Thursday, August 06, 2009

Why Intrusive Advertising Is Not The Answer

You’d think we’d learn.

Advertising online is already pretty annoying. So much so that we all try our best to avoid most advertising that intrudes on our enjoyment of the Web.

Because we seem to avoid intrusive advertising, the brilliant powers that be figure that the key is to make it even more intrusive so that it will be even harder to avoid.

It seems to be the type of logic that falls into “The beatings will stop when the moral improves” camp.

One high-placed exec used the following logic regarding the more intrusive formats. “It theoretically makes a lot of sense. It’s a similar type of user-interruption experience as a commercial in the middle of a TV show.”

Huh, huh.

And we all know how well that works.

We need to stop and think this whole Web-based advertising thing through a little before just jumping in and try to implement methods that don’t work on TV.

Otherwise all we're going to find out is that they also don’t work online. I just can’t understand why advertisers want to waste billions of dollars to find out something that they already know.

Then again, maybe I do. It’s easier to lose money then it is to figure out a new way to make money.

To find a way that advertising can actually work online, we need to stop and consider how the paradigm has changed. Online, the user is in control, not the advertiser.

Advertisers now answer to users. Which means the only way for advertisers to regain control is to give the user complete control.

I know. Sounds crazy.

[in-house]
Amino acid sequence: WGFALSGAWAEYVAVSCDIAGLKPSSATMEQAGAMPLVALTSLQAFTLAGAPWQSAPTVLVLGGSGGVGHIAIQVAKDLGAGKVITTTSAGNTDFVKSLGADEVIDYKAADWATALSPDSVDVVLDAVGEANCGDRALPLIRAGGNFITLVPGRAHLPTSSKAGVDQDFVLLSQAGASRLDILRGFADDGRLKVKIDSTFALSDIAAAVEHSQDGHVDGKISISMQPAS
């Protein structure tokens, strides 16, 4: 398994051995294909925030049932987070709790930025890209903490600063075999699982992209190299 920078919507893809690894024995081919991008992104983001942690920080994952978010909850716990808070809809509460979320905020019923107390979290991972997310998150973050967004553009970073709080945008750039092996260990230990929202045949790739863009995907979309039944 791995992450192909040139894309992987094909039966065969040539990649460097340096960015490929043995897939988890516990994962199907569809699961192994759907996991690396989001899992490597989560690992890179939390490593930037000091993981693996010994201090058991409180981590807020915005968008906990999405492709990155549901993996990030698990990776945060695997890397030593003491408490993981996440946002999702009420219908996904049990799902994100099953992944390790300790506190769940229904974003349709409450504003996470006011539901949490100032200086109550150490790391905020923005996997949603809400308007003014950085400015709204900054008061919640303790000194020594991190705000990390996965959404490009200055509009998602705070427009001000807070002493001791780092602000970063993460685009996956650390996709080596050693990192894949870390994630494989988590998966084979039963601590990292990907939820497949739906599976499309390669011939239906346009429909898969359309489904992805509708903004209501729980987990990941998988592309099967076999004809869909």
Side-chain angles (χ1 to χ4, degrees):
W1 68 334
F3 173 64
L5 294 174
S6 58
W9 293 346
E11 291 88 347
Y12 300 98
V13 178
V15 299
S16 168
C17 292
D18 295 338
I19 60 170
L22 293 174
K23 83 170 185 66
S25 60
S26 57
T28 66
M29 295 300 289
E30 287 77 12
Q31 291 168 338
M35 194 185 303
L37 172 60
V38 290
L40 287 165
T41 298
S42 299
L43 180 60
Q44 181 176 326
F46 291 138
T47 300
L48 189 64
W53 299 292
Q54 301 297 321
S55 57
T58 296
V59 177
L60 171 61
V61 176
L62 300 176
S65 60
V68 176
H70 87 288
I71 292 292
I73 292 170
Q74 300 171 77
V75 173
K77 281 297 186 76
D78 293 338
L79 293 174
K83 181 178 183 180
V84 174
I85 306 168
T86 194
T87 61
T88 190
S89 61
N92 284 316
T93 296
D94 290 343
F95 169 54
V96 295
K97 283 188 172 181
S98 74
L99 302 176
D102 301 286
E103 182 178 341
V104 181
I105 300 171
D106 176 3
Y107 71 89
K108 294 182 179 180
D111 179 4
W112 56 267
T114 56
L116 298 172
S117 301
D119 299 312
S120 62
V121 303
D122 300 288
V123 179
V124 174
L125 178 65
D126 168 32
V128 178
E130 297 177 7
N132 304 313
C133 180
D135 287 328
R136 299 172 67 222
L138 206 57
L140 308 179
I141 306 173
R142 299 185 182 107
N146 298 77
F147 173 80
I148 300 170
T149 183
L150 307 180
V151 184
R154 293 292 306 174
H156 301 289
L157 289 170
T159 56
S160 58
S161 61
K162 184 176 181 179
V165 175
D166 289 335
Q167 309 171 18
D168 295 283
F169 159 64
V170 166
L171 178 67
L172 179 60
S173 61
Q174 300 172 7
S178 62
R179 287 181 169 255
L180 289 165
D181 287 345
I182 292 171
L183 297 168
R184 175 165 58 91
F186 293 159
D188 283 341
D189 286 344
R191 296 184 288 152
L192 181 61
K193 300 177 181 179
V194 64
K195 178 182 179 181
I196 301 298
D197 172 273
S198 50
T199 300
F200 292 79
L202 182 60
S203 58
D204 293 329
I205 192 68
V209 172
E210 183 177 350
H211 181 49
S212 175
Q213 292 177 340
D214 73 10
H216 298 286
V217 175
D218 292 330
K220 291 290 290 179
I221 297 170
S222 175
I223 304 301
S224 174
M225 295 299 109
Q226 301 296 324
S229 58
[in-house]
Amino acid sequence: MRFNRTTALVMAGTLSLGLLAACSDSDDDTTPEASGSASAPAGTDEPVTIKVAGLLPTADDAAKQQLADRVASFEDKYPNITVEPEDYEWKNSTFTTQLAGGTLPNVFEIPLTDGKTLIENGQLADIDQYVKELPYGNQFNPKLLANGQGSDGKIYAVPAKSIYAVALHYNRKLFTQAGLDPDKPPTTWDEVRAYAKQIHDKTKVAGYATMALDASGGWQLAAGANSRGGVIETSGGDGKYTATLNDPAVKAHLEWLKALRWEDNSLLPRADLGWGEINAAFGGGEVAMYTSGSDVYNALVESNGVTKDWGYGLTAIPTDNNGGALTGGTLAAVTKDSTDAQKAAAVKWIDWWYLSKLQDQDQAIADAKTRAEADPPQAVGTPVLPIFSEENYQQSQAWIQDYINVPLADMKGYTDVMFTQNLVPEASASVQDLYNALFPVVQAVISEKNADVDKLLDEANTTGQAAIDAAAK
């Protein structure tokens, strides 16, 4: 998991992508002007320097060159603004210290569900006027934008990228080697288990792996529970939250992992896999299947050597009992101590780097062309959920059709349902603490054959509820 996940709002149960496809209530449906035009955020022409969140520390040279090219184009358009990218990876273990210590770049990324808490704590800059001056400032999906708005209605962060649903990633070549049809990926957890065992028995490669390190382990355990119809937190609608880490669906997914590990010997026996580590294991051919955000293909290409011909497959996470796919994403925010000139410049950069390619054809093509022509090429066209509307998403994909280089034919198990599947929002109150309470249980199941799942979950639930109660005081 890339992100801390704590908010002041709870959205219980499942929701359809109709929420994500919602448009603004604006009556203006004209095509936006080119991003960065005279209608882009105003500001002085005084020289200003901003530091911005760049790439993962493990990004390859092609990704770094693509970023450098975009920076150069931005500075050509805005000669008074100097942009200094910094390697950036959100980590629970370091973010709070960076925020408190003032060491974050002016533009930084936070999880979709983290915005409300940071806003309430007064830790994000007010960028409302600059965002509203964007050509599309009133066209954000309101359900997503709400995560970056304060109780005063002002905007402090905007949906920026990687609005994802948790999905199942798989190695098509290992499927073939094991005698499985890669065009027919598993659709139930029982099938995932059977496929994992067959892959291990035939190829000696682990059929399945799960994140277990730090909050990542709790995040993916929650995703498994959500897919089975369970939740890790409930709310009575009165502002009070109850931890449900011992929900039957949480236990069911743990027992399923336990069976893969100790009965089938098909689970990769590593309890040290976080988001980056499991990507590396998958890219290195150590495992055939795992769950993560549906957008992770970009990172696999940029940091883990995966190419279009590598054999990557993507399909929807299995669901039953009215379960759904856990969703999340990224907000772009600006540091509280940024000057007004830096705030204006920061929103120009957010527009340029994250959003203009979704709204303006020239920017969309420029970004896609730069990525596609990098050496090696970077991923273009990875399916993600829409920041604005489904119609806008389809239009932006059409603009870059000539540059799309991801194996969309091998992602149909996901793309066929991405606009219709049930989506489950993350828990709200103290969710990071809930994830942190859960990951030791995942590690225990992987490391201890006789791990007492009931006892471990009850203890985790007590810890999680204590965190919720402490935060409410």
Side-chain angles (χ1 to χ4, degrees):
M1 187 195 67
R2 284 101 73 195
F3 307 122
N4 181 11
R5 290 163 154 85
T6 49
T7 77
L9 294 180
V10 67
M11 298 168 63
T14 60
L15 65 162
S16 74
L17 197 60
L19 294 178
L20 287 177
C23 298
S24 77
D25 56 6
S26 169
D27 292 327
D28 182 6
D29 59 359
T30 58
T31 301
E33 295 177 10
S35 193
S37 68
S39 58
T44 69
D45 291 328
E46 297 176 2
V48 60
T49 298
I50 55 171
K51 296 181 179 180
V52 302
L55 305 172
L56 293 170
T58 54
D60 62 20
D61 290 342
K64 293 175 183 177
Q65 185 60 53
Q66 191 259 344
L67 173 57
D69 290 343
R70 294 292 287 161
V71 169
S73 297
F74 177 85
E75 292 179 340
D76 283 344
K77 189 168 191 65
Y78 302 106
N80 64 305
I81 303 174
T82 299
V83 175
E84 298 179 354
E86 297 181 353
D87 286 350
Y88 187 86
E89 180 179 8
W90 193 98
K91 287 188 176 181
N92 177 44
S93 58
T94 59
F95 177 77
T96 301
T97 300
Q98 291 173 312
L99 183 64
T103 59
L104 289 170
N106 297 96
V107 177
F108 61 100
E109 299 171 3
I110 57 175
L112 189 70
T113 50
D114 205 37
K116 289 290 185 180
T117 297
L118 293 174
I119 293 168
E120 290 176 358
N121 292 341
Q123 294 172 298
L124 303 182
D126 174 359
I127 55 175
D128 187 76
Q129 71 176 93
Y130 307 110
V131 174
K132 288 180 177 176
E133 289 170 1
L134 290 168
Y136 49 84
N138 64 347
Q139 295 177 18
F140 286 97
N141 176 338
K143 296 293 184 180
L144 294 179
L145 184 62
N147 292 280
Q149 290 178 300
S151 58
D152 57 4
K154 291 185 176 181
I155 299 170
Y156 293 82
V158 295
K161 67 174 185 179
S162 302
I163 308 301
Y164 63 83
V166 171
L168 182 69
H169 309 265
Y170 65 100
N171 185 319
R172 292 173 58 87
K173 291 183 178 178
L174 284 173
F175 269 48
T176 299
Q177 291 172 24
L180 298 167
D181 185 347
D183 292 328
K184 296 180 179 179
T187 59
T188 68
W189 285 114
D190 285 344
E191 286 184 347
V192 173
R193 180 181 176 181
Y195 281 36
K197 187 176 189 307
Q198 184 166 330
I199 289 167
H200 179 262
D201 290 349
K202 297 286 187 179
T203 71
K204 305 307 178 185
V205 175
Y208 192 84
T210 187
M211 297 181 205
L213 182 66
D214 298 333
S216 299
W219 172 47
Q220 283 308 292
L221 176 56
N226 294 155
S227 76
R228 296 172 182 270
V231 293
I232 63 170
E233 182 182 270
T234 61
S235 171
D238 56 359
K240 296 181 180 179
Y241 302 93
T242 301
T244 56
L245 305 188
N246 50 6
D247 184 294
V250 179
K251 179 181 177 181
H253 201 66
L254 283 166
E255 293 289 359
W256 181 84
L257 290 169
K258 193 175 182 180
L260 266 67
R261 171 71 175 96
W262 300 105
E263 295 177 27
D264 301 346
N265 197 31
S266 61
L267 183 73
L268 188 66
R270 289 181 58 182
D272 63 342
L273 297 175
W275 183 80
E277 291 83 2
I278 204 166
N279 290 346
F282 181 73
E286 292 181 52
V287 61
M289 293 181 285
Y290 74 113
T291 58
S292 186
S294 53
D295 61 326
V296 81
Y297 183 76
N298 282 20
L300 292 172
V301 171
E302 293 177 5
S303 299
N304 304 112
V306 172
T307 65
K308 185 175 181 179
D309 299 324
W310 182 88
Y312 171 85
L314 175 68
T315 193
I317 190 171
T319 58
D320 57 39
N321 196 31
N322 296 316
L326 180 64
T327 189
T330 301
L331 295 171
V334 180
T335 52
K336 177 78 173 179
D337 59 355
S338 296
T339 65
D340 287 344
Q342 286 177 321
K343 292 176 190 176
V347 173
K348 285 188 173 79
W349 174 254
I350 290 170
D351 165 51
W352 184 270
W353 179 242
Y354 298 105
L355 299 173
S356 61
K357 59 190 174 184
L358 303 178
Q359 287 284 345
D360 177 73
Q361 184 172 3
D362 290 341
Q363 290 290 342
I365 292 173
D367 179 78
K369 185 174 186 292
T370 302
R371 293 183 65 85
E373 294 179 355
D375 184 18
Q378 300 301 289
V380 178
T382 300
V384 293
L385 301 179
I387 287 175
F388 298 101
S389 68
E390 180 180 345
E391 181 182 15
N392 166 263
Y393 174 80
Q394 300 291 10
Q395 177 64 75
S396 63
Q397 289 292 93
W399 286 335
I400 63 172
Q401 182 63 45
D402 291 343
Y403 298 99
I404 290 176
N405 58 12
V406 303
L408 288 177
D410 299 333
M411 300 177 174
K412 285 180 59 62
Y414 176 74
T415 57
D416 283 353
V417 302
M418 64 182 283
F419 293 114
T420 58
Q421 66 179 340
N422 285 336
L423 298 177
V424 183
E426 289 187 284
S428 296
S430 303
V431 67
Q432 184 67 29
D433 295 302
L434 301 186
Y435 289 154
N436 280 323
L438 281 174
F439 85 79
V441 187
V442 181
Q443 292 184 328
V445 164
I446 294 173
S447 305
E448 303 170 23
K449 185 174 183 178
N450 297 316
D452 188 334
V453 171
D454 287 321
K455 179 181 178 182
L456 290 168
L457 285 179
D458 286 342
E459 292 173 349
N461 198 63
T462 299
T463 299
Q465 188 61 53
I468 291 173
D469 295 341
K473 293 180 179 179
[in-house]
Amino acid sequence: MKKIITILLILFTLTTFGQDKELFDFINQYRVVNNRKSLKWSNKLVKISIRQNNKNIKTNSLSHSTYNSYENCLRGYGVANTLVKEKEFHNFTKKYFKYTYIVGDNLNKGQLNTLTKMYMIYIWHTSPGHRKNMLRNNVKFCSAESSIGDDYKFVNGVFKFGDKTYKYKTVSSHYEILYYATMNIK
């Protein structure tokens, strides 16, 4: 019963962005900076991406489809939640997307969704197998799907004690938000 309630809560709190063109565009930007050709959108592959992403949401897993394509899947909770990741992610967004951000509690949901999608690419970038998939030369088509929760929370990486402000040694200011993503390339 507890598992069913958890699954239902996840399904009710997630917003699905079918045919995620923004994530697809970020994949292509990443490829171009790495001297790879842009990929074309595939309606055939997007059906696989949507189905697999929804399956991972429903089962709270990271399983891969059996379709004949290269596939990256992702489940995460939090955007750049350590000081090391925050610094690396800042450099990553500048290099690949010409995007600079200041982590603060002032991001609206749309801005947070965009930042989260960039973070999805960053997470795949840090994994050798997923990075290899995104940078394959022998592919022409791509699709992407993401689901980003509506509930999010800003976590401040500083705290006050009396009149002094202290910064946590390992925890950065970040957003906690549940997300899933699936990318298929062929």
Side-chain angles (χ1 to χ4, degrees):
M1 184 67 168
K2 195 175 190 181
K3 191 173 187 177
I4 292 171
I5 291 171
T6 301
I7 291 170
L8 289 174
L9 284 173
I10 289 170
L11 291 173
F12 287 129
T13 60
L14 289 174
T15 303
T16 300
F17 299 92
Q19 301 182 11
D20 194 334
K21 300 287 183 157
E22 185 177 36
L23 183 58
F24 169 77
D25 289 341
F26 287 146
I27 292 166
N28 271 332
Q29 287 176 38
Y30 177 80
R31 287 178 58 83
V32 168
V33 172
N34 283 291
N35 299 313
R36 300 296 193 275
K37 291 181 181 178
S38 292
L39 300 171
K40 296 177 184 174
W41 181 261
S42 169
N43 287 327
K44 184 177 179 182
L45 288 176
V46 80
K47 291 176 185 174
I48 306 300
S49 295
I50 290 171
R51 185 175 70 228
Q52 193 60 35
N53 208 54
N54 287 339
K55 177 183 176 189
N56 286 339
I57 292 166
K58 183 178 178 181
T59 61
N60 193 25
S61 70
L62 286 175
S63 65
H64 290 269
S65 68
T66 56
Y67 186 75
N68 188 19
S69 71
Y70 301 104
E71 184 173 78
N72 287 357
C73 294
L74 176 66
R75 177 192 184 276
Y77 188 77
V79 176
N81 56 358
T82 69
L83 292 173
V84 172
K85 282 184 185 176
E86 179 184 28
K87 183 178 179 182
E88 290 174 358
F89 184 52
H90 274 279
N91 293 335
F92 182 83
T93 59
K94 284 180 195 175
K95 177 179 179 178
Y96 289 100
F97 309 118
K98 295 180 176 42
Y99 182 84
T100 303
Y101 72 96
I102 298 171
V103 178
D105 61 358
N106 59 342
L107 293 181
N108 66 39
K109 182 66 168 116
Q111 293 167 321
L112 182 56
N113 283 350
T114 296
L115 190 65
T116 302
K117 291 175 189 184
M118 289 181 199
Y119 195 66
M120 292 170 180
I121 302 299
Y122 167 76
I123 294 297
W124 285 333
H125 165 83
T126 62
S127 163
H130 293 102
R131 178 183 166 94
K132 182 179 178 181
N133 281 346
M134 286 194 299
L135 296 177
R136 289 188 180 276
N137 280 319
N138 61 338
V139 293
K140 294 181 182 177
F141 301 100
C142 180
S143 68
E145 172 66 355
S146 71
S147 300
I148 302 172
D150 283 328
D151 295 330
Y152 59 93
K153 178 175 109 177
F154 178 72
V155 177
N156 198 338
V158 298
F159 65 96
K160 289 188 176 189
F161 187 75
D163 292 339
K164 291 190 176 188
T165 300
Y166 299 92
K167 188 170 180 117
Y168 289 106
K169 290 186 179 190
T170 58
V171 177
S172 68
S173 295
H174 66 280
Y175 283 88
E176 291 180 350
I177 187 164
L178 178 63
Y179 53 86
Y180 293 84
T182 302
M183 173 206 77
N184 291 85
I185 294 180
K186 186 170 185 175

But so did Hyundai’s proposition where they said that if you lose your job, bring the car back. Hyundai realized that before you can solve a problem, you need to stop and figure out what the actual problem is.

Hyundai asked the same question all the other car dealers asked at the start of the year. Why aren’t people buying cars?

The right answer? Because they’re afraid they won’t have a job tomorrow.

Hyundai’s solution? If you lose your job, bring the car back. No questions asked.

Other car dealers asked the same question but came up with a different answer. “Money is tight,” they said. So they lowered prices.

Do you know the only car company that had positive numbers in the first quarter of this year?

That’s right. Hyundai.

So what is the question advertisers should be asking about online advertising? I think it's this. Are people trying to avoid commercials online, or, are they trying to avoid interruptions?

Once advertisers figure out that the answer is the latter, then they’ll realize that the solution to making advertising successful online is to find a way to make it so that their commercials don’t interrupt.

Radical?

Perhaps.

But no more so than Hyundai’s approach when they first launched it.

Funny how "radical" becomes "smart" when it succeeds.

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